These Six Demands Are Great For Your Child To Understand
(Ki Sung Park) As children, the majority of us didn’t experience clinical depression, anxiety, alcoholism, addictions or any of the physical illnesses that we later face when adults. Until about ages 18, we are children full of energy, development and fun, but one day our youth shows signs of starting to ebb.
According to the American Psychiatric Association, the onset of negative emotions including negative mood, hopelessness, guilt, anger, despair and stress are more common in adolescents than adults. Yet these same issues that are present in young adults can resurface later in life.
How can this be? Quite simply, adolescents and young adults feel lonely and alone in a world of grownups and adulthood. As early as the elementary school years, children begin to develop inner fears and real feelings that we didn’t necessarily expect our children to experience until adulthood. So what is it exactly that these feelings bring?
According to psychologist Dr. Dan Siegel, adolescent and young adult mental health problems can arise when teens and young adults experience a string of experiences with intense fear, stress, guilt and distrust. What many adults don’t realize is that we aren’t always able to recognize the symptoms of these inner-trauma and ultimately these issues can carry into adulthood when people start to face life.
Dr. Siegel believes these symptoms often require the “waking-up call” of a serious behavioral or mental health problem, which may occur at any age. However, it is often on a more serious level, which can result in illness or addiction.
In the case of teen depression, anxiety or other negative emotional issues, Dr. Siegel suggests a number of ways to treat the symptoms if they are noticed:
The emphasis is often on treating the symptoms as a symptom and not something that is caused by an underlying illness. Some parents may opt to limit the activities of their child in an attempt to keep them feeling well. To some extent, this is not a solution because it suggests that the child can’t control the symptoms. The best method for managing the symptoms is for the child to learn to control their emotions. In this case, learning to learn to express themselves to their parents, a teacher or a peer with compassion may be the best method. A therapist may also be very beneficial for this type of situation as the child can benefit from therapy to learn coping skills for dealing with fear and stress.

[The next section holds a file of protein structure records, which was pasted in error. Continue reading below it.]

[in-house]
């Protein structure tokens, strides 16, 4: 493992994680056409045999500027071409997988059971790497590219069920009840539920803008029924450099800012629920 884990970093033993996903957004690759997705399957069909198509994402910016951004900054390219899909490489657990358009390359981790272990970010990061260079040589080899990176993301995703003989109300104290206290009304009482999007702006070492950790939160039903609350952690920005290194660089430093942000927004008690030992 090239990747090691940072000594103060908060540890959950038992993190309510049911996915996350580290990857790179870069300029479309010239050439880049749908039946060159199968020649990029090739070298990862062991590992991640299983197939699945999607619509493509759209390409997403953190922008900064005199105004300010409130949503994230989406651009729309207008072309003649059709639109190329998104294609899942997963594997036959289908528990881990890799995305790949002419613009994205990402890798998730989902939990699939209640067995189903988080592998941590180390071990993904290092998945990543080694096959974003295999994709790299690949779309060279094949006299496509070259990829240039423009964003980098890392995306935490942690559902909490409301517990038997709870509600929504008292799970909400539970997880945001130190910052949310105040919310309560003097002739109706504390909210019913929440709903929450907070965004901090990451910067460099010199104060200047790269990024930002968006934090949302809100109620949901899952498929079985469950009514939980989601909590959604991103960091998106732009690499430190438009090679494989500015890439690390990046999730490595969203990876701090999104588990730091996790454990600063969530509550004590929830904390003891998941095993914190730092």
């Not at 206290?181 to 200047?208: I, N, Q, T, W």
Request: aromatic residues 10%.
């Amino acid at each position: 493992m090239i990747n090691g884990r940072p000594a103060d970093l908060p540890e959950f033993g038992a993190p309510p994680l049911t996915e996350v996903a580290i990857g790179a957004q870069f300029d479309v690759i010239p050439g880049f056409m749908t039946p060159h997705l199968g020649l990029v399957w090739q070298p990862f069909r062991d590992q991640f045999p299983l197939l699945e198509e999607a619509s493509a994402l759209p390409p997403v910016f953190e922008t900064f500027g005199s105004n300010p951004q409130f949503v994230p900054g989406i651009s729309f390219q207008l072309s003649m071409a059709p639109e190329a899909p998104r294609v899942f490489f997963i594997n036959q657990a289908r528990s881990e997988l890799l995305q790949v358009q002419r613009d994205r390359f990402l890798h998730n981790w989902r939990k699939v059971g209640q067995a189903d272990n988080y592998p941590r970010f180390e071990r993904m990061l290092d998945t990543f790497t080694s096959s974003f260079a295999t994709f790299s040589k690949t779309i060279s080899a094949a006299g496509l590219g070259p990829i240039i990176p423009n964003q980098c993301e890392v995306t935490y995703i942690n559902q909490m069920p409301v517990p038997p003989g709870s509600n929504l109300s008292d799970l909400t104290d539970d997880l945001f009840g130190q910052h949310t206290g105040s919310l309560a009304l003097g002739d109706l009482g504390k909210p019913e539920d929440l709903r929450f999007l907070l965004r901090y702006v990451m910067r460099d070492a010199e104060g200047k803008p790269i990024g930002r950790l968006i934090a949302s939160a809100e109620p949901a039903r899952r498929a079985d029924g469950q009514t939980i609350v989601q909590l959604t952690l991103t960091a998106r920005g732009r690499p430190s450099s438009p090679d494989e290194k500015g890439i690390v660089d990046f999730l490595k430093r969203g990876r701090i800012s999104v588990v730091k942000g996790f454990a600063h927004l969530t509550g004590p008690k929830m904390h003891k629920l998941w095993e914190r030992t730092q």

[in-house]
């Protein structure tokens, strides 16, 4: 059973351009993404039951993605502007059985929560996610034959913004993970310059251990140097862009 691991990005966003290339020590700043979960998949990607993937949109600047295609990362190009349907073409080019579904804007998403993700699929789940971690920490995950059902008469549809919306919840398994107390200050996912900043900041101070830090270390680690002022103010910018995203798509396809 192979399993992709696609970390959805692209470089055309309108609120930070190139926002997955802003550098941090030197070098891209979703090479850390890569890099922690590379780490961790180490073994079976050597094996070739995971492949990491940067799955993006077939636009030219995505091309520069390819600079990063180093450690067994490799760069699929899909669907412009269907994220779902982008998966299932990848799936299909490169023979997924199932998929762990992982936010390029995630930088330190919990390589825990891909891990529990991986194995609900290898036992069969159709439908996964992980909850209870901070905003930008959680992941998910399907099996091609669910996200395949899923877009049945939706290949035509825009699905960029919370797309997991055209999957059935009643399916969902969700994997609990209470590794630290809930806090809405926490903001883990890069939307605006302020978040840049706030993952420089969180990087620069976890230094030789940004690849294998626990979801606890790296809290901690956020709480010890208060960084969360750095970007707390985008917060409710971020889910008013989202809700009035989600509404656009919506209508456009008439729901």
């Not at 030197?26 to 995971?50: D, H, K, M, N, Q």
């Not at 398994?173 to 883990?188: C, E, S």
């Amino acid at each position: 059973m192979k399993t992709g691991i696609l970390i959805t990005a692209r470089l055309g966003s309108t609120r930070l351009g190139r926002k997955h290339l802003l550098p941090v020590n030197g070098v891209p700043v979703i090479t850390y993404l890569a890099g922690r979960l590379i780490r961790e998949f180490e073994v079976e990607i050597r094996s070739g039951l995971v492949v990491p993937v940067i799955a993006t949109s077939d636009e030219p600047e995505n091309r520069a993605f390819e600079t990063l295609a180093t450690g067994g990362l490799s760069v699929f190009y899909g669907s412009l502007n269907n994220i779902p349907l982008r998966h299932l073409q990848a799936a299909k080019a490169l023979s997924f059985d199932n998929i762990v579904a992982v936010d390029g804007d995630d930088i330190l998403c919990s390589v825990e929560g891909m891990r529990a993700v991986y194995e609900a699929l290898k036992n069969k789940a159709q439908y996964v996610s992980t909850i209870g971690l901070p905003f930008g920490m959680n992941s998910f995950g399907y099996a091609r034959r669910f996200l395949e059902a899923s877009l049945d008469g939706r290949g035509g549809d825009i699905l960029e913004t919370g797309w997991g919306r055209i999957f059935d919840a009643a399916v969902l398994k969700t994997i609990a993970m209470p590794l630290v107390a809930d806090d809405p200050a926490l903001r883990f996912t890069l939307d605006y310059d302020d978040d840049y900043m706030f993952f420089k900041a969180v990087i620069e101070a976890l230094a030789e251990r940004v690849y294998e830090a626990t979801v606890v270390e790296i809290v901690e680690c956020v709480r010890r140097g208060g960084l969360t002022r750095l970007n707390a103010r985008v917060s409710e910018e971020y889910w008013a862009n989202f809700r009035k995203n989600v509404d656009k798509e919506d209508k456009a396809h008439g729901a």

Addiction issues can be quite painful, because just by witnessing the drug addict, you would think that the addiction is so important and defining of the individual. In reality, it is the same addiction for someone who is pursuing happiness and making goals in life that can, at times, be taken away from you.
In that sense, addiction is a mental health issue that develops in a physical way, so it is quite possible to have the symptoms of mental illness without being affected by drug use. In fact, one can learn ways to manage their emotions without emotional baggage and addiction by learning to listen to and respond to their inner voice. Mental health issues are usually very hard to determine, as one doesn’t usually feel this distress when they are younger or in their early teens.
Finally, it is important to remember that medication is never the best or only method for managing symptoms. Individuals struggling with an emotional or mental health issue may need a combination of approaches, medications included, to stop the negative emotions and have their lives be filled with happiness, hope and appreciation.
Source: Ki Sung Park